In a recent article on Guns.com shows an outlined plan for Colt Defense to get itself out of the current financial quagmire that it finds itself in these days. And no, it doesn’t involve a Native American Casino company as was proposed earlier this year in an attempt to save the company. The current plan is to completely restructure the financial landscape of the company in addition to consolidating debt, both of which I have neither the financial education or knowledge to explain in eloquent terms. The important part is that the plan was approved by a federal judge, but still has to be voted on by the stock holders. However I think the most important part is that it doesn’t include firing any of the 700 employees that Colt currently employs, always a good thing for the job market. Personally I feel that Colt has more often than not, been a reactive firearms company as opposed to the more proactive firearms companies in coming out with new designs and adapting to the market. By this I’m referring to such companies as Winchester, Remington, Ruger, and other large companies that have constantly changed their designs and introduced new ones. Whereas Colt has largely depended on their government contracts and their production of previous successful designs to keep them afloat. In addition to all Colt AR parts being Mil Spec to begin with, because they are the original. We reported on this plan in September this year, but the difference now is that the plan was approved by a judge.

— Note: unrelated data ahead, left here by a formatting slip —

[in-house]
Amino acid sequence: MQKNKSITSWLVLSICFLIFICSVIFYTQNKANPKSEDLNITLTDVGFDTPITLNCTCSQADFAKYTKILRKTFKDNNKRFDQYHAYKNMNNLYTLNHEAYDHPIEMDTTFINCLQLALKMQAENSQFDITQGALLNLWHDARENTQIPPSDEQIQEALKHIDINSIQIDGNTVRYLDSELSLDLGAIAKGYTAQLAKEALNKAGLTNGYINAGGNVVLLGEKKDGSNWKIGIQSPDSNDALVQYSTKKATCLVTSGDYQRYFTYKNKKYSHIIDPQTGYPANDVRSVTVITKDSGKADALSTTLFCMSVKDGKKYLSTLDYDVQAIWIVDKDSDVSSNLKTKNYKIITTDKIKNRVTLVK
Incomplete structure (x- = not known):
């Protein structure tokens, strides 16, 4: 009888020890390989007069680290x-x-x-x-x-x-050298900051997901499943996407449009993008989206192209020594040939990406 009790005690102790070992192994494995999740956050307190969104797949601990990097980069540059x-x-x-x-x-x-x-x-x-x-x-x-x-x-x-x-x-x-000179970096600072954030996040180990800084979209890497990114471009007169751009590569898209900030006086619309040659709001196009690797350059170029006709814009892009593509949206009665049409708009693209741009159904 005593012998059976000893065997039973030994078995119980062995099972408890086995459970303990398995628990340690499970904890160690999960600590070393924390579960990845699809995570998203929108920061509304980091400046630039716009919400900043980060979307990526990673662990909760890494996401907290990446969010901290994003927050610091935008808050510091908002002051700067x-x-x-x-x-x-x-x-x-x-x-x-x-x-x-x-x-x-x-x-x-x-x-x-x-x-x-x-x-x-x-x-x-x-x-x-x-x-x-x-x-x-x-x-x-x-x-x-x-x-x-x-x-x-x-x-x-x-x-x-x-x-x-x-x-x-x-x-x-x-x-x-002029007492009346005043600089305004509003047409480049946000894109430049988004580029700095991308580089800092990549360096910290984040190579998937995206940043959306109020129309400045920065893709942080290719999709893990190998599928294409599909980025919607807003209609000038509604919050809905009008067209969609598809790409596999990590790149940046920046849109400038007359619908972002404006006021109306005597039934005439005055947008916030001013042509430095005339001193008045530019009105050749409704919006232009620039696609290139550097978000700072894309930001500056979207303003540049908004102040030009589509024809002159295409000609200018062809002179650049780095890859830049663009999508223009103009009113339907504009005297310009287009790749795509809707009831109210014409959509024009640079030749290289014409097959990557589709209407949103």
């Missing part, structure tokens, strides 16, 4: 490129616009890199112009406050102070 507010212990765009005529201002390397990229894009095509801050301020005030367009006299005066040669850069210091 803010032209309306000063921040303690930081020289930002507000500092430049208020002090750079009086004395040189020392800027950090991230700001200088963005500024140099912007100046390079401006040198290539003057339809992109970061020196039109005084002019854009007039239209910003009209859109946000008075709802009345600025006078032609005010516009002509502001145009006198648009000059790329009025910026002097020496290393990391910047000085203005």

A federal court approved a plan by iconic gun maker Colt Defense this week to lead the company out of bankruptcy, but details are not set in stone as debtors still need to vote.
The painstakingly detailed plan is a result of “extensive and vigorous negotiations” that have been ongoing since Colt filed for Chapter 11 protections in June, according to Tuesday’s filing with the U.S. Bankruptcy Court in Delaware.
Colt said the plan reflects a consensus reached by key stakeholders that include the equity firm that owns it, Scens Capital Management, and secured lenders, Morgan Stanley, an official committee of unsecured creditors, and the landlord of Colt’s facility in West Hartford, Connecticut.
The plan will solidify options for Colt to manage financial obligations. Also, the hopes are debtors will be able to successfully restructure the $250 million senior notes claims, and ensure operations continue at the company’s West Hartford facility while preserving the more than 700 employees.
Participants have until the voting deadline on Dec. 7 at 4 p.m. eastern to cast their ballots. If votes are favorable, Colt said it should be out of bankruptcy by the end of the year.